Last Thursday, the Bank of England’s Monetary Policy Committee (MPC) voted seven-two to raise interest rates from 0.25% to 0.50% for the first time in over a decade to combat Brexit-fueled inflation.
While the rate hike was widely anticipated, the market reaction to the news has been somewhat surprising. The Pound has fallen by 0.70% against the Dollar since the announcement. Similarly, the cost of a five & ten-year fixed rate loan/swap has dropped by 10 bps and 11 bps respectively.
So, what happened? The devil, as they say, is in the details. The modest rise in rates was considered less significant than the minutes of the MPC meeting, which highlighted the fragile state of the economy ahead of the 2019 departure from the EU. The MPC warned that the Brexit vote is now having a ‘noticeable’ impact on the UK economy, weighing on business investment.
Crucially, policymakers omitted language from previous statements stating that more hikes could be needed than currently anticipated by financial markets. Moreover, Mark Carney emphasised that following last week’s hike, the MPC continued to expect that “future increases in interest rates would be at a gradual pace and to a limited extent”. The next rate rise is now expected to occur no sooner than September 2018!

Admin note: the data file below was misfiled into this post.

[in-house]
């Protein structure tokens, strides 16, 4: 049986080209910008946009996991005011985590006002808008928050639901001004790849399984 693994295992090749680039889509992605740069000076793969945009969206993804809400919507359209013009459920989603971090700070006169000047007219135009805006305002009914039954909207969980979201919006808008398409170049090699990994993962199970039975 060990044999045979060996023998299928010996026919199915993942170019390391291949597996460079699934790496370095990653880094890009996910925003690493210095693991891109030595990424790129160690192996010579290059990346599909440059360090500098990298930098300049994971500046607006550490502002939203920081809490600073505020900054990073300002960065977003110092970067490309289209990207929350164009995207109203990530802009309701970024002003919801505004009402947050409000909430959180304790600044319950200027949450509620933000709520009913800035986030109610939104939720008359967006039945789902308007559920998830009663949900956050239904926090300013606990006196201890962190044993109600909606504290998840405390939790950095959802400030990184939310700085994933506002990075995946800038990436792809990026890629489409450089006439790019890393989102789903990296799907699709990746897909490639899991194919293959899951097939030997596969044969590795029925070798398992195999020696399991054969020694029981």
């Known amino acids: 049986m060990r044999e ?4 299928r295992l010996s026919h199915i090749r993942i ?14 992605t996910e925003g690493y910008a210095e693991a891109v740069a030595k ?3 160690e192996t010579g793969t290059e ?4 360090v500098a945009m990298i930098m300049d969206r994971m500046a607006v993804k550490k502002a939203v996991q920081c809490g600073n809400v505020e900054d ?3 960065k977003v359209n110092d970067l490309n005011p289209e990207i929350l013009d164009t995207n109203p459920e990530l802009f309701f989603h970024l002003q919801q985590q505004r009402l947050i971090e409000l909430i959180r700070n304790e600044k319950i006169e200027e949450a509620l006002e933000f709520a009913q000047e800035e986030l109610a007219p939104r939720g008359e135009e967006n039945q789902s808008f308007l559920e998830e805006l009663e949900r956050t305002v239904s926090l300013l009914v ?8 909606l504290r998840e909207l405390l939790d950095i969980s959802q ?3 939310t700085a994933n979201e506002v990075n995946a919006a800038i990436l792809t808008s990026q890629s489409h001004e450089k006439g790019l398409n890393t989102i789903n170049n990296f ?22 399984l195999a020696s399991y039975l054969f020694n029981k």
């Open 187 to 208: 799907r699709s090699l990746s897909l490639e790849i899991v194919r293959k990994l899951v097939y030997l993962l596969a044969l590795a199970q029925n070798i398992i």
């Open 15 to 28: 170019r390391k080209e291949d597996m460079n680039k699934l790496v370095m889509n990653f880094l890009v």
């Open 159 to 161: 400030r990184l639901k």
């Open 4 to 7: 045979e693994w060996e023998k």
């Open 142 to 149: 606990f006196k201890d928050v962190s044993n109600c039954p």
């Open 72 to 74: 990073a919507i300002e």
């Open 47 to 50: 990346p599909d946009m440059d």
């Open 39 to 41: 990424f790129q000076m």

The decision to raise rates translates into higher costs for those on variable rate mortgages and other borrowers. Almost four million households will now have to pay around £200 more per year for every £10,000 of mortgage debt as a result of the rise. However, the hike could be welcomed by some investors, namely, the UK’s 45 million savers.
What does this all mean for businesses/investors looking for new finance? The cost of securing a £5m loan over a ten-year period has dropped by £52,000 in less than a week! In other words, swap rates do have a real impact on all of us.
You can keep track of the latest swap rates by subscribing to our FREE market rates sheet. This concise summary covers swap rates, FX rates and more.